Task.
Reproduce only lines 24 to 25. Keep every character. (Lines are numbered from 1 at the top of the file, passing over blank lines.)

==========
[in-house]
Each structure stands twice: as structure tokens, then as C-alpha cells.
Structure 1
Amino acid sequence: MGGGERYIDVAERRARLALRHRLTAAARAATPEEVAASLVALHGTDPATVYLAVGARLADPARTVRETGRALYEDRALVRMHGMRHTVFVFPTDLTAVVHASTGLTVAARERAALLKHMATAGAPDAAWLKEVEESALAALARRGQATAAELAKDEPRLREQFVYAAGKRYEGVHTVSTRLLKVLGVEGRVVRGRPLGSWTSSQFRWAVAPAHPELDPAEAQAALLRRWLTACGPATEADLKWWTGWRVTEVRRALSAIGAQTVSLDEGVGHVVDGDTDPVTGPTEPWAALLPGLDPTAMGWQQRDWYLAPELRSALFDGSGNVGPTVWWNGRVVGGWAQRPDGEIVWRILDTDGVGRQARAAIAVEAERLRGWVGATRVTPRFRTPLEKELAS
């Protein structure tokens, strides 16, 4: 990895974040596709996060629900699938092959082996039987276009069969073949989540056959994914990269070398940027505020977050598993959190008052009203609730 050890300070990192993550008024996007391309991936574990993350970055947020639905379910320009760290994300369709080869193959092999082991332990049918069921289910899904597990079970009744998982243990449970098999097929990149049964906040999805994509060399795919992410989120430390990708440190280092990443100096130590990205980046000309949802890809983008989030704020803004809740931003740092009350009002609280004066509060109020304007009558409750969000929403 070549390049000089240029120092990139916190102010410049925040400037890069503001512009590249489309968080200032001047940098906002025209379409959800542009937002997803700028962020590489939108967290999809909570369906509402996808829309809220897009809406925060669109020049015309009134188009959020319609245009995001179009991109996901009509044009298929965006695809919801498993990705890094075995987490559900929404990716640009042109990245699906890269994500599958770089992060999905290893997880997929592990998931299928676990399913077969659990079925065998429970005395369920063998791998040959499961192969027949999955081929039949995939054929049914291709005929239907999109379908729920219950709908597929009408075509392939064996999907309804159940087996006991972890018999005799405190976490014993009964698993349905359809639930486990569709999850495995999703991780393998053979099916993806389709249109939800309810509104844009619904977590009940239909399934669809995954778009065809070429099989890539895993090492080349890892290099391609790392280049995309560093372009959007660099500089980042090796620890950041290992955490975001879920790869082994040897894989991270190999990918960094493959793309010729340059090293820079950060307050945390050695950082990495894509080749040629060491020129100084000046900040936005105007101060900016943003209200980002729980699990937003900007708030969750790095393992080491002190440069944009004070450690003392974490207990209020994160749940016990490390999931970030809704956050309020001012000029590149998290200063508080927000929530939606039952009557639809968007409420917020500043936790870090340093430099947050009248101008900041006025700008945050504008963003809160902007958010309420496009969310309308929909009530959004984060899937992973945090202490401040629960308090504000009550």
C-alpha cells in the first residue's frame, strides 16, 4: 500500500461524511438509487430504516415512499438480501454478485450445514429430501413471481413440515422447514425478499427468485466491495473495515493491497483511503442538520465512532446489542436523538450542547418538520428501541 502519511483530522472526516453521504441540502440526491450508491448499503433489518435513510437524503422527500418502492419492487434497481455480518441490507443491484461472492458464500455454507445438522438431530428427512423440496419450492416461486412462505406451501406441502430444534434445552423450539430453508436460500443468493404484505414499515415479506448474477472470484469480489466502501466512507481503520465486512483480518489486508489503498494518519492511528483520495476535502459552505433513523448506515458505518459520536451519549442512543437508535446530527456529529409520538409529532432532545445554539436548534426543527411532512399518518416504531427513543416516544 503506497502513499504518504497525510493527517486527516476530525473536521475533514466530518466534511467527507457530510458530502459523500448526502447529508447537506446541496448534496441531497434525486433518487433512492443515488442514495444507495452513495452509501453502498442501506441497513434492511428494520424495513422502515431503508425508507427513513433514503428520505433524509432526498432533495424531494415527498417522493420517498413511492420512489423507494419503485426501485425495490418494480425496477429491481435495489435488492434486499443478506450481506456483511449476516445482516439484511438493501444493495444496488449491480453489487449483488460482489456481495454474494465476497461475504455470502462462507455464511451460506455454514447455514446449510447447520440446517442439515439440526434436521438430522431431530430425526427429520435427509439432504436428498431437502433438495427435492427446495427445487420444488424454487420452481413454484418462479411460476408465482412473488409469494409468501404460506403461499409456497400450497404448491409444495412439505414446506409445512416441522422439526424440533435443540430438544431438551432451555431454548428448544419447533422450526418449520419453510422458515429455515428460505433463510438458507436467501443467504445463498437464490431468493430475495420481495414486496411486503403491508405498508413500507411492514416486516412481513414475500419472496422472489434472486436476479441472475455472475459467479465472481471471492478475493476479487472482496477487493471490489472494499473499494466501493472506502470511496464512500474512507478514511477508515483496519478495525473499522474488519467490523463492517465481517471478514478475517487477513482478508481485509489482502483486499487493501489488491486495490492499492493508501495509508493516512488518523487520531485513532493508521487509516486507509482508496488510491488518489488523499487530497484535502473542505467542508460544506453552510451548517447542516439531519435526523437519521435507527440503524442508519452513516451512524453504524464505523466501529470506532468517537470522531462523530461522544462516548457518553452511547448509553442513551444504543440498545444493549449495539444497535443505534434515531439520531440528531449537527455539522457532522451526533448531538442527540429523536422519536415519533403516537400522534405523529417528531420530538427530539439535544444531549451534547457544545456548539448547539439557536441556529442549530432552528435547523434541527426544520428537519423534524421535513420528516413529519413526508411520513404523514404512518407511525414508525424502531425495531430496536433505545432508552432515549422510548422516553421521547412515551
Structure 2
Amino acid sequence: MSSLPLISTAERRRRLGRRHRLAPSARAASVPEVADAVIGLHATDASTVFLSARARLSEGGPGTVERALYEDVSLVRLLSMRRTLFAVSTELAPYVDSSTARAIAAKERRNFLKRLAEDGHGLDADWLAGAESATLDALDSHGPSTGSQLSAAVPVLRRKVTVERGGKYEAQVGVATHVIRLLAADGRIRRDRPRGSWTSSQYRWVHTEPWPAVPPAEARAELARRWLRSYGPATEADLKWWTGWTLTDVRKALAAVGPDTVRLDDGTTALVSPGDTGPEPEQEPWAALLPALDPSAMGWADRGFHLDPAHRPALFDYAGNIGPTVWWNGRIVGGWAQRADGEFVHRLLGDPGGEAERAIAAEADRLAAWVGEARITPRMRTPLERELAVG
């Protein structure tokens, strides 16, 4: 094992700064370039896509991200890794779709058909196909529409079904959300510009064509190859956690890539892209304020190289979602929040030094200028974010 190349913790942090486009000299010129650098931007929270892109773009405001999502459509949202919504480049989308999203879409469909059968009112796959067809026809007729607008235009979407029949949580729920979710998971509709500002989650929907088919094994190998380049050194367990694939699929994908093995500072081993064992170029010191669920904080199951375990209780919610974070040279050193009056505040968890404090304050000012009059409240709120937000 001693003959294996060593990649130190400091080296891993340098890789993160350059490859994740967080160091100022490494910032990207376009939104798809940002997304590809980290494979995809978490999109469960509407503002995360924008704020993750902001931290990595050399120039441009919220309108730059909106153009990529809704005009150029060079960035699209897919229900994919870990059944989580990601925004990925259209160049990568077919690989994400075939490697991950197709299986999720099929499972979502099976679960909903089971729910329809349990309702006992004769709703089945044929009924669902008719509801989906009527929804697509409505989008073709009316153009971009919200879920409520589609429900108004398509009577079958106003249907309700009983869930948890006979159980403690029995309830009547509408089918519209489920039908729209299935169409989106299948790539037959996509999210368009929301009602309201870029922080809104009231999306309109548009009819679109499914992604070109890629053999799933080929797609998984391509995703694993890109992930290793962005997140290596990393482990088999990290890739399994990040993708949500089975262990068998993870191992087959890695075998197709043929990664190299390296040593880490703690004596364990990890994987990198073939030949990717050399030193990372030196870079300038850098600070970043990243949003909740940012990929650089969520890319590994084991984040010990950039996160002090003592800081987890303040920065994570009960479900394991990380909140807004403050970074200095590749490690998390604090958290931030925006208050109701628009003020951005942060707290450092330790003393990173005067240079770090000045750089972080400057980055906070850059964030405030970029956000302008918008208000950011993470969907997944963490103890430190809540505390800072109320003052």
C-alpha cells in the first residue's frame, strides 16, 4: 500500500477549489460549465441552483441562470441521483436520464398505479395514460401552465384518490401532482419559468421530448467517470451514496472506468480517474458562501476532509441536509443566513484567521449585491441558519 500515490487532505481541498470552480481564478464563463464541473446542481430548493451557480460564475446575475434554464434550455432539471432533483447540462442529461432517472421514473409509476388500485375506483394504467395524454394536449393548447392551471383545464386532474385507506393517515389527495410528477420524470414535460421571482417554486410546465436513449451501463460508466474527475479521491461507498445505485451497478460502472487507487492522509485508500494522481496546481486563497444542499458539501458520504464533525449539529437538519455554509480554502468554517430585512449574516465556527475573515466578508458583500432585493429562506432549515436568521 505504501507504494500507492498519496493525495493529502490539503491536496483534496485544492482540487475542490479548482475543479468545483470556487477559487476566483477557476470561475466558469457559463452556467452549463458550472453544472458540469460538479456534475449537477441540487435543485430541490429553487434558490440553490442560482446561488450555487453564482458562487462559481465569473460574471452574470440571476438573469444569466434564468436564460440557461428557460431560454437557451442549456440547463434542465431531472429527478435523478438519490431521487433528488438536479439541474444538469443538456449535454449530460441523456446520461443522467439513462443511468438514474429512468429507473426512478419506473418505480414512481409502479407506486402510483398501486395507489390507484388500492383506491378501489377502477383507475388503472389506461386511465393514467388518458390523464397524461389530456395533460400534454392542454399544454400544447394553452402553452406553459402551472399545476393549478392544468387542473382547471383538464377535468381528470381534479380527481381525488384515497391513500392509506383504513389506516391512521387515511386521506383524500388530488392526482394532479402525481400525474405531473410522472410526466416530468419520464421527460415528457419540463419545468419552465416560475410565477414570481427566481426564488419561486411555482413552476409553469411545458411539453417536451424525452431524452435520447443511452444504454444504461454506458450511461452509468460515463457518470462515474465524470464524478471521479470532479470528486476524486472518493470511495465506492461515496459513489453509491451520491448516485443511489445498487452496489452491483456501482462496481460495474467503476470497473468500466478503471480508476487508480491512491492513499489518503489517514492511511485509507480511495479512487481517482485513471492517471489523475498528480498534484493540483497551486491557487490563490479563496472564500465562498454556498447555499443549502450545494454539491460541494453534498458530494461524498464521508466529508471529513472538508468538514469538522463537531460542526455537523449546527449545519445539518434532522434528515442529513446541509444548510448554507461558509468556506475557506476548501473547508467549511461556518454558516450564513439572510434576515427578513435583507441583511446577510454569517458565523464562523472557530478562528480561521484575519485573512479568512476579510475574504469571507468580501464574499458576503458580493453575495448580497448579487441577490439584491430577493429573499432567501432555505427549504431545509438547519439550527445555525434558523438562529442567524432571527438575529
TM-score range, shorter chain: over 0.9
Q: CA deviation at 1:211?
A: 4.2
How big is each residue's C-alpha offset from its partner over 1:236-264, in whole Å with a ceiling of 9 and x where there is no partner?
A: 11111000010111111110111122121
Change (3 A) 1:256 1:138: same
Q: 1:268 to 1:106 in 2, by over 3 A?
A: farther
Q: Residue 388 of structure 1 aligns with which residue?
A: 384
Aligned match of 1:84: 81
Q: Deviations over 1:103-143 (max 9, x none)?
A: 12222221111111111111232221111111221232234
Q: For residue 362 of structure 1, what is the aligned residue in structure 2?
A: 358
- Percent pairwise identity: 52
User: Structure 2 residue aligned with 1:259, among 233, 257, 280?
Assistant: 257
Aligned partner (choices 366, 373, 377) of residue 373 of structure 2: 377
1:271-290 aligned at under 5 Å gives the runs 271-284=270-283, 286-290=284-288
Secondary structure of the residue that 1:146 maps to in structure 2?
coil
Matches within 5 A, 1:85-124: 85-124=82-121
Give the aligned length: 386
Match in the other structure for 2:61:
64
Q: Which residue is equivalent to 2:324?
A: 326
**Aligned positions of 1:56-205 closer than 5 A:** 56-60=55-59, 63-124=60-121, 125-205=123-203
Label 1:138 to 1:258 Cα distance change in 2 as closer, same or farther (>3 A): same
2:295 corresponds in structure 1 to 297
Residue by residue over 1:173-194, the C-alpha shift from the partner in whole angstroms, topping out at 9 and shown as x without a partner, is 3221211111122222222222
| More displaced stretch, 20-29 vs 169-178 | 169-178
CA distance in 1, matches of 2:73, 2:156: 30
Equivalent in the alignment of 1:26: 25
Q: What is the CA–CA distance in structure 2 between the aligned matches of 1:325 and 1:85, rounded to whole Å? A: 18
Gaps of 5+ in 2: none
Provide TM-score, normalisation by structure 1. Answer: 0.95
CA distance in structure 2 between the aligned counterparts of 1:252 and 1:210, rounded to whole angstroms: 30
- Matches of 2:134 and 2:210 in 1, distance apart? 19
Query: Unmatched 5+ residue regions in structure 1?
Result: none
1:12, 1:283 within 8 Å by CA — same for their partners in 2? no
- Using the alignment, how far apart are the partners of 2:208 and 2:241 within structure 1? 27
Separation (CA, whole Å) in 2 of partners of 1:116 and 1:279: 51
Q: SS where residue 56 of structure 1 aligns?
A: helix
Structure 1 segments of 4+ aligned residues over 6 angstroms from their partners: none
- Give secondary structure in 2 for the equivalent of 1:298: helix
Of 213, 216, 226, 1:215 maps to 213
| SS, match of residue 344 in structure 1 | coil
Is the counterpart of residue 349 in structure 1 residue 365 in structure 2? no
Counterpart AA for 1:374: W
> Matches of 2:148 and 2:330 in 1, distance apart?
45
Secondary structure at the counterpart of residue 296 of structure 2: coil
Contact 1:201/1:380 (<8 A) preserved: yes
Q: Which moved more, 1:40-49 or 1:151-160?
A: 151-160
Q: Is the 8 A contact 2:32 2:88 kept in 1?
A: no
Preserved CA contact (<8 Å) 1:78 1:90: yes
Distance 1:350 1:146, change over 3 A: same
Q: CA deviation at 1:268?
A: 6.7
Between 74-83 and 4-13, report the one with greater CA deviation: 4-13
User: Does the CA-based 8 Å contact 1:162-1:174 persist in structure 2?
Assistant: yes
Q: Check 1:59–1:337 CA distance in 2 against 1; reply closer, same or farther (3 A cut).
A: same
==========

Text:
Q: For residue 362 of structure 1, what is the aligned residue in structure 2?
A: 358